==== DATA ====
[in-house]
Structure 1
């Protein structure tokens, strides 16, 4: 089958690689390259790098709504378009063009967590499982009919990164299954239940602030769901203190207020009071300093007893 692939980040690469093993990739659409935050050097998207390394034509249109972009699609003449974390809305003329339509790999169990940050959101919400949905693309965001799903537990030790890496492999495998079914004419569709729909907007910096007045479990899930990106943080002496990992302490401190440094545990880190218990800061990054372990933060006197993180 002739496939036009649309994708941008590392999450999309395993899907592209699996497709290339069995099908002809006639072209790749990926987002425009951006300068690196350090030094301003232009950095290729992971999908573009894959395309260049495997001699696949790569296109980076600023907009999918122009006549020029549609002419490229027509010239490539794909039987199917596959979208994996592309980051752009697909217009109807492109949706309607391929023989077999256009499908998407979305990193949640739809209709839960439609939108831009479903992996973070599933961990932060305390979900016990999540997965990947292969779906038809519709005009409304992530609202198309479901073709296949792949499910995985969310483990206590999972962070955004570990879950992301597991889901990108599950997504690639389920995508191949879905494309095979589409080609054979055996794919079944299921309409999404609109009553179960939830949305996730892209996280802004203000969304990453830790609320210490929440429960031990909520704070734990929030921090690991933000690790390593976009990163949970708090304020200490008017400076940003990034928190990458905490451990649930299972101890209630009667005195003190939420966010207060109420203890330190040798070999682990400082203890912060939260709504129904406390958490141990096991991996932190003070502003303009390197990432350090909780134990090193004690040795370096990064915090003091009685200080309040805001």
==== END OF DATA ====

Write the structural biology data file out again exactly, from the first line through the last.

[in-house]
Structure 1
């Protein structure tokens, strides 16, 4: 089958690689390259790098709504378009063009967590499982009919990164299954239940602030769901203190207020009071300093007893 692939980040690469093993990739659409935050050097998207390394034509249109972009699609003449974390809305003329339509790999169990940050959101919400949905693309965001799903537990030790890496492999495998079914004419569709729909907007910096007045479990899930990106943080002496990992302490401190440094545990880190218990800061990054372990933060006197993180 002739496939036009649309994708941008590392999450999309395993899907592209699996497709290339069995099908002809006639072209790749990926987002425009951006300068690196350090030094301003232009950095290729992971999908573009894959395309260049495997001699696949790569296109980076600023907009999918122009006549020029549609002419490229027509010239490539794909039987199917596959979208994996592309980051752009697909217009109807492109949706309607391929023989077999256009499908998407979305990193949640739809209709839960439609939108831009479903992996973070599933961990932060305390979900016990999540997965990947292969779906038809519709005009409304992530609202198309479901073709296949792949499910995985969310483990206590999972962070955004570990879950992301597991889901990108599950997504690639389920995508191949879905494309095979589409080609054979055996794919079944299921309409999404609109009553179960939830949305996730892209996280802004203000969304990453830790609320210490929440429960031990909520704070734990929030921090690991933000690790390593976009990163949970708090304020200490008017400076940003990034928190990458905490451990649930299972101890209630009667005195003190939420966010207060109420203890330190040798070999682990400082203890912060939260709504129904406390958490141990096991991996932190003070502003303009390197990432350090909780134990090193004690040795370096990064915090003091009685200080309040805001």